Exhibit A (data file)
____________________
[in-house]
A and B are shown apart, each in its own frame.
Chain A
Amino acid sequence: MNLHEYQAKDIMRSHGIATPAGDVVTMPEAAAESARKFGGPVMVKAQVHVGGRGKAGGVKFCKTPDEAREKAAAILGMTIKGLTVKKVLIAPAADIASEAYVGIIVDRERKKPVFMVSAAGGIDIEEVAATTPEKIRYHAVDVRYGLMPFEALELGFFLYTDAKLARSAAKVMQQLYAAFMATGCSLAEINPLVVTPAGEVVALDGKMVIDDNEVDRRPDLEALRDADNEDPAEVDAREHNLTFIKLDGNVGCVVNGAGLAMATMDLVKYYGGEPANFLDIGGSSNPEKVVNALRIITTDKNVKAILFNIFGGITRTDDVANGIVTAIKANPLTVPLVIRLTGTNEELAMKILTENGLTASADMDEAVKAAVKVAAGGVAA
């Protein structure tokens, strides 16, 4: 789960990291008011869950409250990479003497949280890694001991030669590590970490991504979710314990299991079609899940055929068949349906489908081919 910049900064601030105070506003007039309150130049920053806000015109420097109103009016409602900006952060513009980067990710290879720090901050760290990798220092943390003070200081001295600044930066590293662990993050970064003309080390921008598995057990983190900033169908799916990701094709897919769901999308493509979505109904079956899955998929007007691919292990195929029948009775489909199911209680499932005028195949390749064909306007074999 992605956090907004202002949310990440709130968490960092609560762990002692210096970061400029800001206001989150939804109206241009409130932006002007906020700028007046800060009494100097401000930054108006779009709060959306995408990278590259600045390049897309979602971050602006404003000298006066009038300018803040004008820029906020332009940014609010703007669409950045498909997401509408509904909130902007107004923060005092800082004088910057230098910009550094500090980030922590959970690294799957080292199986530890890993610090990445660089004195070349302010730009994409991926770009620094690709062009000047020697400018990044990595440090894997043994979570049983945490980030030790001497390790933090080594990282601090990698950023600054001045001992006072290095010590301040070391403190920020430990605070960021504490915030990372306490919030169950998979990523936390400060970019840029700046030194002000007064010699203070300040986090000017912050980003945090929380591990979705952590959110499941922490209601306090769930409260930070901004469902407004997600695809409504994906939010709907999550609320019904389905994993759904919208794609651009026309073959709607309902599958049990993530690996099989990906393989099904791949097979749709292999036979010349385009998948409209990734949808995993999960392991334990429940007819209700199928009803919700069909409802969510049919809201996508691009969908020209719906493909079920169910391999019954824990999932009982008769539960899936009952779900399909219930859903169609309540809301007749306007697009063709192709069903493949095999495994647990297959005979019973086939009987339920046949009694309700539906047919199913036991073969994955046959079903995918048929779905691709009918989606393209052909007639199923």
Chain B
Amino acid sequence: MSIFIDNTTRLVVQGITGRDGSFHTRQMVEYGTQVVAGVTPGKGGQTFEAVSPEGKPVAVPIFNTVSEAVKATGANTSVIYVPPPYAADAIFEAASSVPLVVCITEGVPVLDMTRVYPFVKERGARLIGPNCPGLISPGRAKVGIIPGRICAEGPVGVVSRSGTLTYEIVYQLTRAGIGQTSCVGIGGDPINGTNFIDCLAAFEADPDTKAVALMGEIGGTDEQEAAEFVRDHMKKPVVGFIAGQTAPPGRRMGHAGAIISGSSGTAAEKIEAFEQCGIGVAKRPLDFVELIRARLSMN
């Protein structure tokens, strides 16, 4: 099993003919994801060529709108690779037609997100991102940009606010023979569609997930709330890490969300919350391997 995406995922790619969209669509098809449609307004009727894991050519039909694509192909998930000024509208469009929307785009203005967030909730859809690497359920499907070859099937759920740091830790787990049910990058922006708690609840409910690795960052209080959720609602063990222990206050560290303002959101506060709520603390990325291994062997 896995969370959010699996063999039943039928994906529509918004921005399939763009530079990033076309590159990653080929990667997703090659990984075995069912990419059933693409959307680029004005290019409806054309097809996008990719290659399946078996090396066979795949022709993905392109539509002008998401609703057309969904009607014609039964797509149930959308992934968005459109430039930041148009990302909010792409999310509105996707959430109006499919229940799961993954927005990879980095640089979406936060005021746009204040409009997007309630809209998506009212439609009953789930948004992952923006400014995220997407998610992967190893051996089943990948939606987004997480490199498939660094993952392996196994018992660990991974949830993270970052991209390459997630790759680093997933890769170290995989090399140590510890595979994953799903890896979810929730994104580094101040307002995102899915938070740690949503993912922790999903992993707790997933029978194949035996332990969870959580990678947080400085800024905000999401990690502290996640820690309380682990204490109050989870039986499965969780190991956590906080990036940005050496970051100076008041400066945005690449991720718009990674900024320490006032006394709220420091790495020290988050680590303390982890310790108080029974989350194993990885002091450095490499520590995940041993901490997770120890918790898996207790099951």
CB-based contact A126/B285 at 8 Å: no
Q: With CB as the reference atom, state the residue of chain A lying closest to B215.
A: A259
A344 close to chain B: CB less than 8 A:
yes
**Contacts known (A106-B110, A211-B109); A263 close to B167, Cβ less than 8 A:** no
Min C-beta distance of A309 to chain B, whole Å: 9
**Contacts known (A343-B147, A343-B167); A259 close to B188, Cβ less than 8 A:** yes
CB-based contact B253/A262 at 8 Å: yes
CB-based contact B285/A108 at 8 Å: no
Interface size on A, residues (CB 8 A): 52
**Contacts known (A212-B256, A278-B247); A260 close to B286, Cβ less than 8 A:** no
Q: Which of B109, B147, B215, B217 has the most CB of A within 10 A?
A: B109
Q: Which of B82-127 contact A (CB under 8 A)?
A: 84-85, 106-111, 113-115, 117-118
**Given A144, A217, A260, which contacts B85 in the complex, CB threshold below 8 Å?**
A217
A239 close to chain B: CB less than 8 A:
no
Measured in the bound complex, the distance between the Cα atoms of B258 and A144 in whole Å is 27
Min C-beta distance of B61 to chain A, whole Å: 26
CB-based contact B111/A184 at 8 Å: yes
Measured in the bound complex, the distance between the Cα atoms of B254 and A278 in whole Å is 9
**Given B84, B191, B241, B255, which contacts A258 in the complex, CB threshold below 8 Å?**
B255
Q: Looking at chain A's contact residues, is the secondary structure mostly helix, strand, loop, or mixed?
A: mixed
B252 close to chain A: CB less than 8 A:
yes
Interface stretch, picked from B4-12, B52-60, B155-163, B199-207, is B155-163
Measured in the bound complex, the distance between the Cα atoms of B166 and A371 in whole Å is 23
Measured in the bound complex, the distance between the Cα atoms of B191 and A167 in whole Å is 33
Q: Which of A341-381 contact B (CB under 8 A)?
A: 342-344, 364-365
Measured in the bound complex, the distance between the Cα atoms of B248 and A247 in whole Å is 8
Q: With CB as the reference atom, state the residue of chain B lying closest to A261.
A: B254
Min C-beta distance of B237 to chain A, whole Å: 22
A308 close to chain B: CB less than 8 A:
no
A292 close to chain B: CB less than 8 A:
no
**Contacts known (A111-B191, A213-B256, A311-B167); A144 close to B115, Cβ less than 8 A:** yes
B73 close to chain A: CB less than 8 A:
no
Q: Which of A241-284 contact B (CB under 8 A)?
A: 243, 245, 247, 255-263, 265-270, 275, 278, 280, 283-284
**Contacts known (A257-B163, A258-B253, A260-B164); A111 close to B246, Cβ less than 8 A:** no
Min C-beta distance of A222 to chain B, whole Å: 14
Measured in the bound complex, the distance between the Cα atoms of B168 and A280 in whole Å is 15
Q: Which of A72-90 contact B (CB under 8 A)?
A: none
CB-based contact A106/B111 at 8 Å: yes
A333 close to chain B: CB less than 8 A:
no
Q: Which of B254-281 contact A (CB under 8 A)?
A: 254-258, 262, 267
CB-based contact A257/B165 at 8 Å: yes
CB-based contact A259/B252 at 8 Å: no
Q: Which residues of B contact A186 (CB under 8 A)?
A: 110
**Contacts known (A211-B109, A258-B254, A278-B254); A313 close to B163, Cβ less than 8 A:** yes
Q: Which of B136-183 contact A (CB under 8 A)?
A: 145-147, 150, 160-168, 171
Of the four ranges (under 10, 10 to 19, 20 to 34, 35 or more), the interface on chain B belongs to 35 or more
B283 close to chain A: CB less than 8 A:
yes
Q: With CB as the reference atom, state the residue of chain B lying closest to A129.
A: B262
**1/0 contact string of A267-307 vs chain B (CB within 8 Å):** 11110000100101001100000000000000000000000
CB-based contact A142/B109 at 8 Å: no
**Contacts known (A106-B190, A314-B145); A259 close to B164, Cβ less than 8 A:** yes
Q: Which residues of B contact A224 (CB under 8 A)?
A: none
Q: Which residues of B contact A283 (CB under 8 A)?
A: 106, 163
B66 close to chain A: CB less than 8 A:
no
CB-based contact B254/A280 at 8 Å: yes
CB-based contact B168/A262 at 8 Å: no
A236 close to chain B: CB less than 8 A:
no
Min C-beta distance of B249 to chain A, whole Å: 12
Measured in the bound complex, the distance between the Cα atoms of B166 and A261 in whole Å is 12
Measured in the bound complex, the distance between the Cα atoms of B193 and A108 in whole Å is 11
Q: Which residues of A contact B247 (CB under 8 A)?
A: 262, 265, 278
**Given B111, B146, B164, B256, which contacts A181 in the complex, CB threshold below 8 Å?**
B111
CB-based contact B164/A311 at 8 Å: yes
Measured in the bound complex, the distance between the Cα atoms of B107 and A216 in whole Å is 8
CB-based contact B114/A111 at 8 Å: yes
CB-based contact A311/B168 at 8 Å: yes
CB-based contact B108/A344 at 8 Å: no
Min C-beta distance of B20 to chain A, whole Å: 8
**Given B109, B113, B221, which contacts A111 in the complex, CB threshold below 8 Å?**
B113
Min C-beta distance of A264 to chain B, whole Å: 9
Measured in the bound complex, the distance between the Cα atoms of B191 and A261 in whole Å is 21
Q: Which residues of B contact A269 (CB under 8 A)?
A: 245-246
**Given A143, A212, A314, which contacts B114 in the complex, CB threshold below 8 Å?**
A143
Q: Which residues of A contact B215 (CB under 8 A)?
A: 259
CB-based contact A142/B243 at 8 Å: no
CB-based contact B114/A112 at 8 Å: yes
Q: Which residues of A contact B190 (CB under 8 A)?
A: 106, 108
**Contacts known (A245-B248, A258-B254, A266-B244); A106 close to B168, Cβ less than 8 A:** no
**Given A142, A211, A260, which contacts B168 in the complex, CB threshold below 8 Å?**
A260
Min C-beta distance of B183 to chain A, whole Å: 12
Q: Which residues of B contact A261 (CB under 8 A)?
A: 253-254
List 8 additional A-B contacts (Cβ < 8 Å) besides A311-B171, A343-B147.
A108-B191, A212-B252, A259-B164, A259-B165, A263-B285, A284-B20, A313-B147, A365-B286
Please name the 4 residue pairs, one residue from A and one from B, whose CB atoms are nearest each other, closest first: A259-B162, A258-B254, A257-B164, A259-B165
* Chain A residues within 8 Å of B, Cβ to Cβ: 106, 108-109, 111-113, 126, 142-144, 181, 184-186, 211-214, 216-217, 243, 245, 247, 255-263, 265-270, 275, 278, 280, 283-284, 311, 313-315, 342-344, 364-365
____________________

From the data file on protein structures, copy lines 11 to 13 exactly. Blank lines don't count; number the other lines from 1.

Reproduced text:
A: A259
A344 close to chain B: CB less than 8 A:
yes